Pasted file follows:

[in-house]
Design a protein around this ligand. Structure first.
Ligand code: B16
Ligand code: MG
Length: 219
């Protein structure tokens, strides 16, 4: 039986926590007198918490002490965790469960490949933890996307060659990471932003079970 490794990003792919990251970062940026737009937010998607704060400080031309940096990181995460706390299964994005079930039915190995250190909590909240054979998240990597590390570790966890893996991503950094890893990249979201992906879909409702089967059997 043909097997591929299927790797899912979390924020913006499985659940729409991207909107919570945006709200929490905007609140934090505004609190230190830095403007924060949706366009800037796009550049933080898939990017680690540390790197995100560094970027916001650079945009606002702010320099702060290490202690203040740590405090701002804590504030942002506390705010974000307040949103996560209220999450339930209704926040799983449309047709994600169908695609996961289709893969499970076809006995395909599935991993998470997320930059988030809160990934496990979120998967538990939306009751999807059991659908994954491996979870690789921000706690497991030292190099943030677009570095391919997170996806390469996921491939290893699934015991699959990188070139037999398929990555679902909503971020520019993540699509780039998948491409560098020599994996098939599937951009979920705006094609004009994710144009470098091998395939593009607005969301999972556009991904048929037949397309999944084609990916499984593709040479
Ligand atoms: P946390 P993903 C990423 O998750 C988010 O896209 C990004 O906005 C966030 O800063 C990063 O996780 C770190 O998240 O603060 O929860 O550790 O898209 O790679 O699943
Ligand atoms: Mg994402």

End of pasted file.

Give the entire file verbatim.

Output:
[in-house]
Design a protein around this ligand. Structure first.
Ligand code: B16
Ligand code: MG
Length: 219
């Protein structure tokens, strides 16, 4: 039986926590007198918490002490965790469960490949933890996307060659990471932003079970 490794990003792919990251970062940026737009937010998607704060400080031309940096990181995460706390299964994005079930039915190995250190909590909240054979998240990597590390570790966890893996991503950094890893990249979201992906879909409702089967059997 043909097997591929299927790797899912979390924020913006499985659940729409991207909107919570945006709200929490905007609140934090505004609190230190830095403007924060949706366009800037796009550049933080898939990017680690540390790197995100560094970027916001650079945009606002702010320099702060290490202690203040740590405090701002804590504030942002506390705010974000307040949103996560209220999450339930209704926040799983449309047709994600169908695609996961289709893969499970076809006995395909599935991993998470997320930059988030809160990934496990979120998967538990939306009751999807059991659908994954491996979870690789921000706690497991030292190099943030677009570095391919997170996806390469996921491939290893699934015991699959990188070139037999398929990555679902909503971020520019993540699509780039998948491409560098020599994996098939599937951009979920705006094609004009994710144009470098091998395939593009607005969301999972556009991904048929037949397309999944084609990916499984593709040479
Ligand atoms: P946390 P993903 C990423 O998750 C988010 O896209 C990004 O906005 C966030 O800063 C990063 O996780 C770190 O998240 O603060 O929860 O550790 O898209 O790679 O699943
Ligand atoms: Mg994402």